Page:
This bread made me want to square dance. So good—5 stars. Happy Random Act of Kindness Day. Bake this and put it on your neighbor’s porch. Even if you don’t know them.
Hearty Country Bread
Adapted from Baking Illustrated
Makes 1 large loaf.
1/2 teaspoon instant yeast
1 cup room temperature water
1 cup bread flour
1 cup whole wheat flour
Combine in a medium bowl, cover with plastic wrap and let sit at room temperature for 5-24 hours.
2 cups bread flour
1 1/2 cups whole wheat flour
1/2 cup rye flour
1 1/3 cups room temperature water
2 tablespoons honey
2 teaspoons salt
Mix all but salt in mixer at lowest speed for 15 minutes; add salt during last 3 minutes. If dough looks dry after salt is added, add water in 1 tablespoon increments until a smooth consistency is reached. Transfer to very lightly oiled bowl, cover with plastic wrap, let rise 2 hours or until tripled in size.
Transfer dough to lightly floured work surface, lightly flour your hands and the top of the dough with flour. Lightly press dough into a round by folding the top, right, bottom, and left sides of the dough into the center. Transfer dough, smooth side down, to a colander or basket lined with heavily floured muslin or linen (I used one of those straw paper plate holders and a cloth napkin). Cover loosely with aluminum foil or a dry cloth, let rise until almost doubled in size, at least 45 minutes. Preheat oven to 450 degrees and put a baking stone in the oven, if you have one.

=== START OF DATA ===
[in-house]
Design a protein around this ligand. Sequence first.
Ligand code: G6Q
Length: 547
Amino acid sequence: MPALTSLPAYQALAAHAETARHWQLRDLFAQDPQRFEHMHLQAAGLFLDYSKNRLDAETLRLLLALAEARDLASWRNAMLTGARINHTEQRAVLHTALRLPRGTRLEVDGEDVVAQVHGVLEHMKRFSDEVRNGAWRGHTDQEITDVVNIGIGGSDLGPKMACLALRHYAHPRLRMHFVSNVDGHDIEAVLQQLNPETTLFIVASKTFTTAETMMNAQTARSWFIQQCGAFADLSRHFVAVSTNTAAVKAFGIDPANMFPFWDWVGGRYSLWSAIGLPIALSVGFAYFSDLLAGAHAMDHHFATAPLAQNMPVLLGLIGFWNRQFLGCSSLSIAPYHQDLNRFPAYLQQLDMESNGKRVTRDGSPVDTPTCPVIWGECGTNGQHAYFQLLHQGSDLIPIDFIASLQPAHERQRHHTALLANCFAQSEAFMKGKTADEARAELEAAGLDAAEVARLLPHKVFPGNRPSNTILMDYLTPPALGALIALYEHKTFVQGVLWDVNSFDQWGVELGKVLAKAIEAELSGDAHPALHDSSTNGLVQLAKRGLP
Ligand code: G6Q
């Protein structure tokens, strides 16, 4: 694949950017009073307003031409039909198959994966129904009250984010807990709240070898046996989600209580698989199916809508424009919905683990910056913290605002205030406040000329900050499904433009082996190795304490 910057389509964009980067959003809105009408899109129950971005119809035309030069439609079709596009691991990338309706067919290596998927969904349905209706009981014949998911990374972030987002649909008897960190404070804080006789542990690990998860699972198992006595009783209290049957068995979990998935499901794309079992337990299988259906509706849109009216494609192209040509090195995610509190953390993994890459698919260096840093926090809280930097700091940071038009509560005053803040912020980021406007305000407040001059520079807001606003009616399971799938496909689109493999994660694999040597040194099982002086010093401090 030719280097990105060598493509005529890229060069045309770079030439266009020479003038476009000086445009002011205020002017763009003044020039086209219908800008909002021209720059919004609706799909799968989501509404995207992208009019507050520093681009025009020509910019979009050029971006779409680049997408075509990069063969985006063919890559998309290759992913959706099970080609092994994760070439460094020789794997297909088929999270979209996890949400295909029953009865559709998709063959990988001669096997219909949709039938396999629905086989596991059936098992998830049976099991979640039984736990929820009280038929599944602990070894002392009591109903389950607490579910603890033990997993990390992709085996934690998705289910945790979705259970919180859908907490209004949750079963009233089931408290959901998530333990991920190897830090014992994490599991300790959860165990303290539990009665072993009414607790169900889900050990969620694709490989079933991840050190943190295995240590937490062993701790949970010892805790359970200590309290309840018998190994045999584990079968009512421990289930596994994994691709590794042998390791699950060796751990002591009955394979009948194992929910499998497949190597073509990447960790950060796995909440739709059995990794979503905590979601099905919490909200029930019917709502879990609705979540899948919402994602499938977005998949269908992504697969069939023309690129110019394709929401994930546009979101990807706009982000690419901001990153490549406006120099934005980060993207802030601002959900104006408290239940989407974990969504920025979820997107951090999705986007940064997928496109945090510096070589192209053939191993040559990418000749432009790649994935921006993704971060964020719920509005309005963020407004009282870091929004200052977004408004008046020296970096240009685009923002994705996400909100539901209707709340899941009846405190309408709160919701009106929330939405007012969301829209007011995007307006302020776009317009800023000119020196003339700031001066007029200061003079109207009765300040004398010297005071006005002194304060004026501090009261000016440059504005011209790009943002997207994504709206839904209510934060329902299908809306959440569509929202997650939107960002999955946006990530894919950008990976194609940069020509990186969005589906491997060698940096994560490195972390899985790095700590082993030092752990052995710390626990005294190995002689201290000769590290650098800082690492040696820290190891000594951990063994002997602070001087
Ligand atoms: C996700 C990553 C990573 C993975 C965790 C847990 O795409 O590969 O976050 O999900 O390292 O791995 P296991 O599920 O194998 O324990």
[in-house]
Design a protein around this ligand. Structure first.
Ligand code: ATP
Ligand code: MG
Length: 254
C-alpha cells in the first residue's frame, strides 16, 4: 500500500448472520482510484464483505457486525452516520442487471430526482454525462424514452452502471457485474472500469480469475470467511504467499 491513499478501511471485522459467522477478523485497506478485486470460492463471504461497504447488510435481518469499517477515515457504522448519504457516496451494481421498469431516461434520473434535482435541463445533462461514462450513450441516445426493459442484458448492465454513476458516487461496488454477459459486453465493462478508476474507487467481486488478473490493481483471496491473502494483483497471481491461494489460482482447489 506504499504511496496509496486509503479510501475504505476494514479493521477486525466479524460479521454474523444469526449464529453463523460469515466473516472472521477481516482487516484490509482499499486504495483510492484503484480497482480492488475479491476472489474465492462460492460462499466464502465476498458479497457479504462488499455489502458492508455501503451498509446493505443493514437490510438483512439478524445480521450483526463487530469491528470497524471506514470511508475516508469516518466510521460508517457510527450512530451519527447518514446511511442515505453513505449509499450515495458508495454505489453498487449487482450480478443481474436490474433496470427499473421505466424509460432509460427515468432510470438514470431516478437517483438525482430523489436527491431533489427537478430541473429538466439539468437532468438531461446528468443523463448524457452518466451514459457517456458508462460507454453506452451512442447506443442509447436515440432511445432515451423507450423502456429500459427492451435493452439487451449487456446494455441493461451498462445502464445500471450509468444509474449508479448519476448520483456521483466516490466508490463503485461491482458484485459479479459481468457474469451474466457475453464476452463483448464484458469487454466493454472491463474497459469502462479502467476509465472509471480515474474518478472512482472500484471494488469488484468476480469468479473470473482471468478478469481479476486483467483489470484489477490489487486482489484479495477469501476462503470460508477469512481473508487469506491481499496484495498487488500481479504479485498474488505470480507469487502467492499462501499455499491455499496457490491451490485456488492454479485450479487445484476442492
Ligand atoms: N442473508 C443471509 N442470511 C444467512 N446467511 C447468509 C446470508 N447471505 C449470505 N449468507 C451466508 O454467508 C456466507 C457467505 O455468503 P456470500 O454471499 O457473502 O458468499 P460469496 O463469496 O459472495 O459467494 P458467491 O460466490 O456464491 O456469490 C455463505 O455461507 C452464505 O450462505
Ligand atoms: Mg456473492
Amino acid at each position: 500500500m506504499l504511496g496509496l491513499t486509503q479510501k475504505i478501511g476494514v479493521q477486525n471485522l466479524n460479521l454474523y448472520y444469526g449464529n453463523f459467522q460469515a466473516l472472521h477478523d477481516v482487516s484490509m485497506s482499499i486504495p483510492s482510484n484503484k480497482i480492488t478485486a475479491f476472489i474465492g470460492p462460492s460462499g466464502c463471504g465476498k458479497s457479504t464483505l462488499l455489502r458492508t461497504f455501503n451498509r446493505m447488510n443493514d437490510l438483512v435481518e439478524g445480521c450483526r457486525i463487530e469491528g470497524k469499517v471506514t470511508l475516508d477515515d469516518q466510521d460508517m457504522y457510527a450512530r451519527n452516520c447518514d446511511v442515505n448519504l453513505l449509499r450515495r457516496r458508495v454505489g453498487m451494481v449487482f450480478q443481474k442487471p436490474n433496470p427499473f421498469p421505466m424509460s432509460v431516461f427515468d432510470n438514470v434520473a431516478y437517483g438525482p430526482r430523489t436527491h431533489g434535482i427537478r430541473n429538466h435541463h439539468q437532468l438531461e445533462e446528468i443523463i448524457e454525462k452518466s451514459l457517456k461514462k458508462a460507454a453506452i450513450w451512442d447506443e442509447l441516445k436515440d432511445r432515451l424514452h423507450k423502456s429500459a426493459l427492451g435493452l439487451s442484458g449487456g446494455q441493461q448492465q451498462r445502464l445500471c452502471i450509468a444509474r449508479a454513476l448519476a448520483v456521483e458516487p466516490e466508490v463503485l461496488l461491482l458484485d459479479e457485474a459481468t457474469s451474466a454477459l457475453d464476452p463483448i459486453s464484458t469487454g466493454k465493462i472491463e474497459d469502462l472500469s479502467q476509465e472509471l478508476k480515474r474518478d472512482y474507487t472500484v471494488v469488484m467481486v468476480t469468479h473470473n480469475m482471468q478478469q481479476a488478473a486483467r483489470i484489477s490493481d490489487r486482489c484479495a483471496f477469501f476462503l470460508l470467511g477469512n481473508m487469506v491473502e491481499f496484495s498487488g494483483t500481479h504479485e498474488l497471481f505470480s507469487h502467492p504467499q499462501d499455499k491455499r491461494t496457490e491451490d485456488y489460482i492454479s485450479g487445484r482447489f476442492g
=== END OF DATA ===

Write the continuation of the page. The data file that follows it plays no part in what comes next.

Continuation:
Bake for 30-45 minutes or until internal temperature reaches 210 degrees F. Leave oven open for 10 minutes before removing loaf. Crust should be dark and crispy.
The 50% hydration of the sponge makes it a bit more dry and crispy. I was amazed to read about “autolysis”—the process at work whenever a recipe asks you to let your dough “rest.” When gluten is activated by the combination of flour and water, the molecules, pencil-like, are at first in disarray. Imagine your pencil box dumped out on the floor. The process of autolysis is like an OCD child (enzymes) picking up the pencils one by one and placing them back in the pencil box in perfect lines. Gluten, only at rest, is worked on by enzymes aligning the molecules so that when you get to kneading the dough, the gluten fibrils are in lines that can more easily tether to one another and structure the dough. You had no idea bread was so expert, eh? I wish I had those enzymes in my personal life.